The licensing of the MIM components is the same as for FIM – as of April 2015, the license for FIM Server Components has been included in the Windows Server license (Standard and Datacenter), which means that there is no additional charge for deploying FIM or MIM servers. This can represent a significant saving. Client Access Licenses are still required for solutions which contain more than synchronization, be it portal, password reset, certificate management and/or RBAC activity. These are available as a specific SKU or bundled with various Cloudy licenses such as Azure Active Directory Premium (AADP) and Enterprise Mobility + Security (EMS). For FIM users without Software Assurance, it is worth looking at the Azure AD Premium and EM+S licenses before simply purchasing new MIM licenses – Oxford Computer Group and Oxford Computer Training are happy to advise customers about such potential solutions! (Read about MIM licensing here.)
Support for the MIM portal running on SharePoint 2019 arrived with MIM 2016 SP2. There is no license-free version of SharePoint 2019, so you will need such licenses if you wish to run MIM portal on the newest SharePoint platform. If you don’t want to purchase licenses for SP2019, SharePoint Foundation 2013 is still supported, although the implementation on modern server platforms is tricky. For a MIM portal replacement which does not use SharePoint components at all (and therefore saves the SharePoint implementation and licensing costs) you might be interested in IdentityDirector (www.identitydirector.com), from our colleagues at Oxford Computer Group in Austria.
Browser and Platform Support
MIM 2016 SP1 brought much-needed support for modern platforms, and the support of the latest platforms continues with SP2. Browser support is extended compared with FIM, so that not only Internet Explorer is supported. With MIM 2016 SP2, the portal is also supported on Edge, Chrome and Safari, opening usage scenarios based on non-Windows devices.
Microsoft also added support for modern server and client platforms. For example, MIM 2016 SP2 is supported on Windows Server 2019, as well as SQL Server 2019, Exchange Server 2017, and System Center Service Manager 2019 for reporting. There is also a Certificate Management client for Windows 8.1 and Windows 10 devices which supports Virtual Smartcards.
As noted above, the MIM 2016 SP2 portal is supported on SharePoint 2019.
With SP2 we are able to use group managed service accounts for the core MIM services for the first time, as well as the web sites underlying the three portals (MIM Portal, SSPR Registration and SSPR Reset). In addition, we now have the option to install in an environment where only TLS 1.2 is permitted.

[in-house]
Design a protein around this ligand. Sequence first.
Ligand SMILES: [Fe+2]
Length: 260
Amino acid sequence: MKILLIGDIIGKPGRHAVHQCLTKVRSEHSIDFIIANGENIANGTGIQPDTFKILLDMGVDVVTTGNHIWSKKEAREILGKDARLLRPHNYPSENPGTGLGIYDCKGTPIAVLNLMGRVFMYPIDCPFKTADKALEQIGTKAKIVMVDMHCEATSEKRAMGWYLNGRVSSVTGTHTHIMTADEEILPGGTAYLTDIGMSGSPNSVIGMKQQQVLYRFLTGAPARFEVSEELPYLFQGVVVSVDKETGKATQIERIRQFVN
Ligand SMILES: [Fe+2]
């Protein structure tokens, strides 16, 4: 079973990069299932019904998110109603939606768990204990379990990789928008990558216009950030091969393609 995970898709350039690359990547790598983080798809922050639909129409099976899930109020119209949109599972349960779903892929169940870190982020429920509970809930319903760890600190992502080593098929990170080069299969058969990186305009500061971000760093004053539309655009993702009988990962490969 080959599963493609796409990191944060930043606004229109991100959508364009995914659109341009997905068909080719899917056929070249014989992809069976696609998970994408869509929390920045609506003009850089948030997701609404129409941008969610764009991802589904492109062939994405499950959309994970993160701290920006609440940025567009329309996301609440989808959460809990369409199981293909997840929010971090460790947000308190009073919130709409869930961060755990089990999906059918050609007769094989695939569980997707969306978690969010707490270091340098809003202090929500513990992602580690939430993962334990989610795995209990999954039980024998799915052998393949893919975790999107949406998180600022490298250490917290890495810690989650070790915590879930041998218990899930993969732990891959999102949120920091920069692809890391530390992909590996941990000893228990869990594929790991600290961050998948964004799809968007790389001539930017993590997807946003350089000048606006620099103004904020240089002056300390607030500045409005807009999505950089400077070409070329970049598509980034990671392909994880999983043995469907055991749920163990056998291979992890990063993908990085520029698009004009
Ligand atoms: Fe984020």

Privileged Access Management
Many documented attacks on corporate networks used stolen admin credentials to create backdoors. These backdoors are then used to steal data over a long period of time.
In response to this threat, Microsoft invested in a new set of features on the MIM platform. Privileged Access Management involves building a highly protected administrative forest (an Enhanced Security Admin Environment, or ESEA) in which all admin activity takes place away from the (probably) infected corporate forest. The primary motivation here is to minimize the ability of an attacker to access the cached credentials of an administrator. Administrators are partitioned into a separate secure forest, and the time in which the users themselves are administrators is minimized. MIM SP2 does not make significant changes to the PAM functionality.
Microsoft has updated guidance on the use of an ESEA, which refers to the high cost of such an environment and makes it clear that there are better ways of providing similar security benefits at a lower cost. Microsoft themselves still use the ESEA architecture, so it is not completely obsolete. You do have to be aware of the cost/benefit calculation which applies to your environment. More about this updated guidance here.
Oxford Computer Group has experience implementing PAM and can provide guidance before and during a PAM implementation. Contact OCG here. Oxford Computer Training offers a one-day PAM training course – see the course outline here.
Microsoft is continuing to invest in MIM as a general platform for the implementation of custom solutions. FIM 2010 delivered a portal solution based on a web service – and OCG has developed both complementary and replacement solutions based on this web service (for example, our customized MIM Portal, and our identity solutions for mobile phones). MIM delivers even more web services to enhance our ability to build solutions:
- Web Service for Certificate Management
- Web Service for Privileged Access Management
These are REST web services which allow developers to integrate identity and access processes into their solutions.
MIM 2016 SP2 conserves your investment in FIM solutions, while offering new functionality to address emerging challenges.
Oxford Computer Training offers technical training on MIM, Azure and other identity-related technologies and topics.
Oxford Computer Group offers a range of consulting services to support you in your move to MIM 2016, from identity and security workshops to planning, implementation, and deployment support for Privileged Access Management, Role-based Access Control, and more.
- See deprecated FIM features go here.
- For available MIM connectors go here.
- To learn more about licensing go here – sadly this is slightly old and contains broken links, but it is the best summary of licensing of FIM and MIM from Microsoft currently available!
- Finally, be sure to read my very popular blog Microsoft Identity Manager – MIM – 2016 Service Pack 1.